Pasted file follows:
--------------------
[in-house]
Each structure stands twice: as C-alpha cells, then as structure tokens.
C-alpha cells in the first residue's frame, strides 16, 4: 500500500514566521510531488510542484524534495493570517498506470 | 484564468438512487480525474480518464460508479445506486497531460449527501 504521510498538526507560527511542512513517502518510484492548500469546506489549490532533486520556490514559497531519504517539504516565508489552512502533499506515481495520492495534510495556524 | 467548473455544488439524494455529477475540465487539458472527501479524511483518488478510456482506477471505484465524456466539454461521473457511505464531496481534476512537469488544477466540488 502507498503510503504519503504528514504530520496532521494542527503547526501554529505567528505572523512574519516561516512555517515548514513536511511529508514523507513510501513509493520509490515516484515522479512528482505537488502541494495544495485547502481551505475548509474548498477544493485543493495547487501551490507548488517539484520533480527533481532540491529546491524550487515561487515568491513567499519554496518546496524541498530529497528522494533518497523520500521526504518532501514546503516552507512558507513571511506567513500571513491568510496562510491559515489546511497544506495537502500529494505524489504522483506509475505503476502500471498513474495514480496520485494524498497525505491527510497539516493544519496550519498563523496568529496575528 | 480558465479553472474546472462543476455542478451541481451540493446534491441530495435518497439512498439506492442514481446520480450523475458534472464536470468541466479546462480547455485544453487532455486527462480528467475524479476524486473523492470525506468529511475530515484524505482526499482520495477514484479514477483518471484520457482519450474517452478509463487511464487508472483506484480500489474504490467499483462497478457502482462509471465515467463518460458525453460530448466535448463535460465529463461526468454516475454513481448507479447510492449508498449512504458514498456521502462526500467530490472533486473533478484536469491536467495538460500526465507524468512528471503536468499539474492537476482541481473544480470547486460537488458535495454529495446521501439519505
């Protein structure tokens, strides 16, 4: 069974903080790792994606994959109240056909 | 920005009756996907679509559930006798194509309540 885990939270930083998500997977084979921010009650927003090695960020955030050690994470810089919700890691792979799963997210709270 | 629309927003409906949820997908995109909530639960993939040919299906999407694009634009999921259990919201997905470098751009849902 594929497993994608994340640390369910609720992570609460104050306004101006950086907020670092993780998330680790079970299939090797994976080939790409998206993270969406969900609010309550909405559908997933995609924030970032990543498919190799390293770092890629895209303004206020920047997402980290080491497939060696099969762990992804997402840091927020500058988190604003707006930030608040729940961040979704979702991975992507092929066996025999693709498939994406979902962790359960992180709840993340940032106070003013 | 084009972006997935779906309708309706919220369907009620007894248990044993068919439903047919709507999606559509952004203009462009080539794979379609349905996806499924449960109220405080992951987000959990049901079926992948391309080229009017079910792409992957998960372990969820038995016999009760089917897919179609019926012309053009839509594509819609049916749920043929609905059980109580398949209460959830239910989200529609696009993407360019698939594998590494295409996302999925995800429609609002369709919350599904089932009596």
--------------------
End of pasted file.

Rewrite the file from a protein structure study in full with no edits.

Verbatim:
[in-house]
Each structure stands twice: as C-alpha cells, then as structure tokens.
C-alpha cells in the first residue's frame, strides 16, 4: 500500500514566521510531488510542484524534495493570517498506470 | 484564468438512487480525474480518464460508479445506486497531460449527501 504521510498538526507560527511542512513517502518510484492548500469546506489549490532533486520556490514559497531519504517539504516565508489552512502533499506515481495520492495534510495556524 | 467548473455544488439524494455529477475540465487539458472527501479524511483518488478510456482506477471505484465524456466539454461521473457511505464531496481534476512537469488544477466540488 502507498503510503504519503504528514504530520496532521494542527503547526501554529505567528505572523512574519516561516512555517515548514513536511511529508514523507513510501513509493520509490515516484515522479512528482505537488502541494495544495485547502481551505475548509474548498477544493485543493495547487501551490507548488517539484520533480527533481532540491529546491524550487515561487515568491513567499519554496518546496524541498530529497528522494533518497523520500521526504518532501514546503516552507512558507513571511506567513500571513491568510496562510491559515489546511497544506495537502500529494505524489504522483506509475505503476502500471498513474495514480496520485494524498497525505491527510497539516493544519496550519498563523496568529496575528 | 480558465479553472474546472462543476455542478451541481451540493446534491441530495435518497439512498439506492442514481446520480450523475458534472464536470468541466479546462480547455485544453487532455486527462480528467475524479476524486473523492470525506468529511475530515484524505482526499482520495477514484479514477483518471484520457482519450474517452478509463487511464487508472483506484480500489474504490467499483462497478457502482462509471465515467463518460458525453460530448466535448463535460465529463461526468454516475454513481448507479447510492449508498449512504458514498456521502462526500467530490472533486473533478484536469491536467495538460500526465507524468512528471503536468499539474492537476482541481473544480470547486460537488458535495454529495446521501439519505
């Protein structure tokens, strides 16, 4: 069974903080790792994606994959109240056909 | 920005009756996907679509559930006798194509309540 885990939270930083998500997977084979921010009650927003090695960020955030050690994470810089919700890691792979799963997210709270 | 629309927003409906949820997908995109909530639960993939040919299906999407694009634009999921259990919201997905470098751009849902 594929497993994608994340640390369910609720992570609460104050306004101006950086907020670092993780998330680790079970299939090797994976080939790409998206993270969406969900609010309550909405559908997933995609924030970032990543498919190799390293770092890629895209303004206020920047997402980290080491497939060696099969762990992804997402840091927020500058988190604003707006930030608040729940961040979704979702991975992507092929066996025999693709498939994406979902962790359960992180709840993340940032106070003013 | 084009972006997935779906309708309706919220369907009620007894248990044993068919439903047919709507999606559509952004203009462009080539794979379609349905996806499924449960109220405080992951987000959990049901079926992948391309080229009017079910792409992957998960372990969820038995016999009760089917897919179609019926012309053009839509594509819609049916749920043929609905059980109580398949209460959830239910989200529609696009993407360019698939594998590494295409996302999925995800429609609002369709919350599904089932009596």